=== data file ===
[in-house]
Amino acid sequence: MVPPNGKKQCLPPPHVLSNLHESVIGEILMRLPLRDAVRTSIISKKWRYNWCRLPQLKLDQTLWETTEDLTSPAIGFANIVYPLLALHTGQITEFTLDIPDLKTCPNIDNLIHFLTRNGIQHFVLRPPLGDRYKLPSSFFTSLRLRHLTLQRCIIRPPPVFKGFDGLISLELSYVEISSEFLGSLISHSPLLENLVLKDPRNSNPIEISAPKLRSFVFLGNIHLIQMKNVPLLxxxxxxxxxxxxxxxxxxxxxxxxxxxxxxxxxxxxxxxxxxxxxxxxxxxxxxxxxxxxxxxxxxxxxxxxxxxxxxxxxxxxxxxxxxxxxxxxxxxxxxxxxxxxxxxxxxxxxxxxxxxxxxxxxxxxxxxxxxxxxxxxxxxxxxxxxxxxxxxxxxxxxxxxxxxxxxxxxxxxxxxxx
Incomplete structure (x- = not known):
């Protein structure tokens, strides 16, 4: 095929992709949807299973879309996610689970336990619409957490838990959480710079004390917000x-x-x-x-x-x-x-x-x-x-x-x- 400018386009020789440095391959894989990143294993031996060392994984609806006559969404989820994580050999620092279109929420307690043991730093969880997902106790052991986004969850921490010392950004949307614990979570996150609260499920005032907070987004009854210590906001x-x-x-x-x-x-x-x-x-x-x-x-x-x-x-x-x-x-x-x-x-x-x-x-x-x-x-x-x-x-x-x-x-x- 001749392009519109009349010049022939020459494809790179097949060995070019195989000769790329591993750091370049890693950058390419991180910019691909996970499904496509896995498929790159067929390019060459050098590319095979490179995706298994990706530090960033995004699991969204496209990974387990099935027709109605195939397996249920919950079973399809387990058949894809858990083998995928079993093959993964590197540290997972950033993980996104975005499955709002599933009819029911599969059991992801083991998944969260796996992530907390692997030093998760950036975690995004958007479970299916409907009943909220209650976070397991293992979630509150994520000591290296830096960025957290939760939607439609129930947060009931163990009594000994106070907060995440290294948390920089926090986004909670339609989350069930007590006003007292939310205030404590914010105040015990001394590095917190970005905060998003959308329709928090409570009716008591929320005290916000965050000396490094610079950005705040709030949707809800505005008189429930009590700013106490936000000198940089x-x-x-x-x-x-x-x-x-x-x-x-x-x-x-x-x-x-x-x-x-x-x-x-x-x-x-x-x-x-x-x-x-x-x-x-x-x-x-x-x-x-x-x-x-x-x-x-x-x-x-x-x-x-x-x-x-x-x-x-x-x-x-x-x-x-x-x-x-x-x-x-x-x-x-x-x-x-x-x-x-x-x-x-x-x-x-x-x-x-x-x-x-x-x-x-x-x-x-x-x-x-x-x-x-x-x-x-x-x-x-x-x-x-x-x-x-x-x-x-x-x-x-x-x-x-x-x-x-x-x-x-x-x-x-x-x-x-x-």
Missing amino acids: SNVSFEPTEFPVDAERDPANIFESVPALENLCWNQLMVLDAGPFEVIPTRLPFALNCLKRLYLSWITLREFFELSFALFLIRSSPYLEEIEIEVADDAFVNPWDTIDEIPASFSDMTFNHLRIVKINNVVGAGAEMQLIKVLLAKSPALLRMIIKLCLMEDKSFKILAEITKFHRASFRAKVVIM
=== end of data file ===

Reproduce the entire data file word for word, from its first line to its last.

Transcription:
[in-house]
Amino acid sequence: MVPPNGKKQCLPPPHVLSNLHESVIGEILMRLPLRDAVRTSIISKKWRYNWCRLPQLKLDQTLWETTEDLTSPAIGFANIVYPLLALHTGQITEFTLDIPDLKTCPNIDNLIHFLTRNGIQHFVLRPPLGDRYKLPSSFFTSLRLRHLTLQRCIIRPPPVFKGFDGLISLELSYVEISSEFLGSLISHSPLLENLVLKDPRNSNPIEISAPKLRSFVFLGNIHLIQMKNVPLLxxxxxxxxxxxxxxxxxxxxxxxxxxxxxxxxxxxxxxxxxxxxxxxxxxxxxxxxxxxxxxxxxxxxxxxxxxxxxxxxxxxxxxxxxxxxxxxxxxxxxxxxxxxxxxxxxxxxxxxxxxxxxxxxxxxxxxxxxxxxxxxxxxxxxxxxxxxxxxxxxxxxxxxxxxxxxxxxxxxxxxxxx
Incomplete structure (x- = not known):
């Protein structure tokens, strides 16, 4: 095929992709949807299973879309996610689970336990619409957490838990959480710079004390917000x-x-x-x-x-x-x-x-x-x-x-x- 400018386009020789440095391959894989990143294993031996060392994984609806006559969404989820994580050999620092279109929420307690043991730093969880997902106790052991986004969850921490010392950004949307614990979570996150609260499920005032907070987004009854210590906001x-x-x-x-x-x-x-x-x-x-x-x-x-x-x-x-x-x-x-x-x-x-x-x-x-x-x-x-x-x-x-x-x-x- 001749392009519109009349010049022939020459494809790179097949060995070019195989000769790329591993750091370049890693950058390419991180910019691909996970499904496509896995498929790159067929390019060459050098590319095979490179995706298994990706530090960033995004699991969204496209990974387990099935027709109605195939397996249920919950079973399809387990058949894809858990083998995928079993093959993964590197540290997972950033993980996104975005499955709002599933009819029911599969059991992801083991998944969260796996992530907390692997030093998760950036975690995004958007479970299916409907009943909220209650976070397991293992979630509150994520000591290296830096960025957290939760939607439609129930947060009931163990009594000994106070907060995440290294948390920089926090986004909670339609989350069930007590006003007292939310205030404590914010105040015990001394590095917190970005905060998003959308329709928090409570009716008591929320005290916000965050000396490094610079950005705040709030949707809800505005008189429930009590700013106490936000000198940089x-x-x-x-x-x-x-x-x-x-x-x-x-x-x-x-x-x-x-x-x-x-x-x-x-x-x-x-x-x-x-x-x-x-x-x-x-x-x-x-x-x-x-x-x-x-x-x-x-x-x-x-x-x-x-x-x-x-x-x-x-x-x-x-x-x-x-x-x-x-x-x-x-x-x-x-x-x-x-x-x-x-x-x-x-x-x-x-x-x-x-x-x-x-x-x-x-x-x-x-x-x-x-x-x-x-x-x-x-x-x-x-x-x-x-x-x-x-x-x-x-x-x-x-x-x-x-x-x-x-x-x-x-x-x-x-x-x-x-």
Missing amino acids: SNVSFEPTEFPVDAERDPANIFESVPALENLCWNQLMVLDAGPFEVIPTRLPFALNCLKRLYLSWITLREFFELSFALFLIRSSPYLEEIEIEVADDAFVNPWDTIDEIPASFSDMTFNHLRIVKINNVVGAGAEMQLIKVLLAKSPALLRMIIKLCLMEDKSFKILAEITKFHRASFRAKVVIM